Institutional racism is, among other things, about making the white story "THE STORY" and about downplaying everything else (and oh, was there a lot downplayed here). This film, as evident from a lot of the reviews, excels at this. This is the only thing its really good at. Well, hooray for that...(sarcasm pouring here).
Gave it two stars for the tsunami scenes and for Naomi Watts. As far as I am concerned that's all it deserves.
*** This review may contain spoilers ***
So this movie was well made, meaning it had decent production value:
good visuals, good effects. It offered to get you a better sense of
this incredible tragedy. But, it provided little else.
1. There was hardly any story at all: some family gets separated and rejoined. Big friggin' deal - this happened to thousands upon thousands, and many more thousands lost loved ones permanently. We all read about how tragic this event was - why show us a completely unremarkable side of it? Maybe if they hadn't said "true story" as if it's so incredible you wouldn't think it happened unless they remind you that it did. But it's so banal!! Especially compared to the actual tragedies that did unfold all around these people who had their little holiday ruined.
2. The story centered on one Western family who had the privilege of jetting off out of hell once their trusty insurance agent found them. What about the rest of the people impacted? Are we really saying that the most interesting thing about the Tsunami was a bunch of rescued vacationers? You can tell that story, sure, but how can you leave out everything that changed for all the local people or the people who actually lost loved ones? This film treats the local people like scenery - they are shown positively, that's nice, but flat. The only reason it's not insulting is that this very thin film also treats the main characters like cardboard.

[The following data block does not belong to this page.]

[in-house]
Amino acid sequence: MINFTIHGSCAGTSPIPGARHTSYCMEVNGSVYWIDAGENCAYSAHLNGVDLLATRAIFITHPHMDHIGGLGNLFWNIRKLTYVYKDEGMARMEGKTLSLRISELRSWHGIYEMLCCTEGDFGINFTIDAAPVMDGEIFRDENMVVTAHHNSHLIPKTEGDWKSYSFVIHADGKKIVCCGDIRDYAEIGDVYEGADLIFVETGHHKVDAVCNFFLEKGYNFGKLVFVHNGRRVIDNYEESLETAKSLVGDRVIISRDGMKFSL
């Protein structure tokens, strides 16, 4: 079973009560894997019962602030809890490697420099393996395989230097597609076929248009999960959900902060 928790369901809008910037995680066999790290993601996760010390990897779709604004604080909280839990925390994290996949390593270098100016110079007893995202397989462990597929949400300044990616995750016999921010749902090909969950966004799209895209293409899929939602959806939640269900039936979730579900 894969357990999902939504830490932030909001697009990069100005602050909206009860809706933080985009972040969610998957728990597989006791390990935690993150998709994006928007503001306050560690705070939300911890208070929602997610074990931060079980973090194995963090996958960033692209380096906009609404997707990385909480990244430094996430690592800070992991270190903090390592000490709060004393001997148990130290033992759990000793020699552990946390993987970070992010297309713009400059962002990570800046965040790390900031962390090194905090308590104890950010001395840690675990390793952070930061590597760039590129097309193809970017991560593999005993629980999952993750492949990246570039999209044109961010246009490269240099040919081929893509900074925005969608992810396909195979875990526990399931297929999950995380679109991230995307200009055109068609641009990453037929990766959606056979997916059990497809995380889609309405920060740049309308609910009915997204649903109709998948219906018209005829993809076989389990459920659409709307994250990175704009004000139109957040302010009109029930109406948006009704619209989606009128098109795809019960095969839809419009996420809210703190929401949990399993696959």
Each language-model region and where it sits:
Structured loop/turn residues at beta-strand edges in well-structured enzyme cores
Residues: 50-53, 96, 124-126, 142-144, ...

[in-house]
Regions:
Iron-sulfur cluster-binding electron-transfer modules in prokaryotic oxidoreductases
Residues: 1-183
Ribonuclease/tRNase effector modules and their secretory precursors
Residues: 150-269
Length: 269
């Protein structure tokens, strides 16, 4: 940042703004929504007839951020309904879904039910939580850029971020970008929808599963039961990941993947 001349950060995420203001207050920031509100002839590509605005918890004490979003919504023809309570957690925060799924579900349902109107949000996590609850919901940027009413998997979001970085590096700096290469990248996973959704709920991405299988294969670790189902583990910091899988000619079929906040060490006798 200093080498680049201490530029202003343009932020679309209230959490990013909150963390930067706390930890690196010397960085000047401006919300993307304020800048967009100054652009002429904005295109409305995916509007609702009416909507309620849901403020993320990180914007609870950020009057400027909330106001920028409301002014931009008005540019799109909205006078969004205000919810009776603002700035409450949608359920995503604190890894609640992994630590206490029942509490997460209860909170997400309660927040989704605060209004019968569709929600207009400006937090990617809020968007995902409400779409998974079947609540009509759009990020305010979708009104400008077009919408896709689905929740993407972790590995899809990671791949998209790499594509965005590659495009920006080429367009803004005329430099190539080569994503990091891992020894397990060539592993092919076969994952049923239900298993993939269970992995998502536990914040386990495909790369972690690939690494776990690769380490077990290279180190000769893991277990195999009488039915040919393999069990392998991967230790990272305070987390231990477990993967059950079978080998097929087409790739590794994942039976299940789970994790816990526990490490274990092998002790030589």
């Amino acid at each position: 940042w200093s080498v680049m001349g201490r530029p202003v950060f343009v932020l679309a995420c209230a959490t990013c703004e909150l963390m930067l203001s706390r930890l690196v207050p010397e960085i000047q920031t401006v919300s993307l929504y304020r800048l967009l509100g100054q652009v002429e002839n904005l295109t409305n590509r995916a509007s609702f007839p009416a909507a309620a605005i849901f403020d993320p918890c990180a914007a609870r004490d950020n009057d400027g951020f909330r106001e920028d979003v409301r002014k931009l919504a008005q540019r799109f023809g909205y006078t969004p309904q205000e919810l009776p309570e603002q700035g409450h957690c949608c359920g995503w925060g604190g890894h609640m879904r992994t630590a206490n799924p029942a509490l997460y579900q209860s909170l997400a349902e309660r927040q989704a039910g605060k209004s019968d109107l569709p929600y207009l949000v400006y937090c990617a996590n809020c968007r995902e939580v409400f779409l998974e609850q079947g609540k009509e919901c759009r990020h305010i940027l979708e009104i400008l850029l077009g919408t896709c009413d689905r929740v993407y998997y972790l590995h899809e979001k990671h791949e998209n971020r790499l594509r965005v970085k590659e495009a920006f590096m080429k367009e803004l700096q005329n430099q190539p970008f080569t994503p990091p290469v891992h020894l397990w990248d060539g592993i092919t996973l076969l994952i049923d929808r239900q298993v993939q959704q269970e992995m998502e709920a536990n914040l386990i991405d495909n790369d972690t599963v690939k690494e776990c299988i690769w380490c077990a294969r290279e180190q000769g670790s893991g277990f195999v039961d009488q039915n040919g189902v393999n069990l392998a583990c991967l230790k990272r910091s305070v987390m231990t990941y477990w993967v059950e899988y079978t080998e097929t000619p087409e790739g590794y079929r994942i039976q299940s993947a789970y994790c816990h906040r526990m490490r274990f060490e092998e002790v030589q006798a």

The Impossible is one of those movies here it starts out really slow but then it picks up to be a work of art that needs to be seen. This is a must see film that is based on a true story . It will make you stand up and cheer. It is not really a great movie for kids because there is a lot of images that may scare them. Right when the movie started i was really board with it but then it picked up i loved every minuet of it there is not a dull moment in it. I would love to watch it again. If you like movies that are based on True Store's than this is the perfect one for you you will be crying at the very end. i hope you enjoy this wonderful piece of magic as much as i did you will hope it never ends. i want to warn you it is dark almost the whole way through out the whole movie but it still is one of the world's best movies of all time. i hope you all enjoy this wonderful movie GO THE IMPOSSIBLE GO
I responded to someone who thought this movie had racist overtones. I
thought it was a beautiful film with superb direction and acting.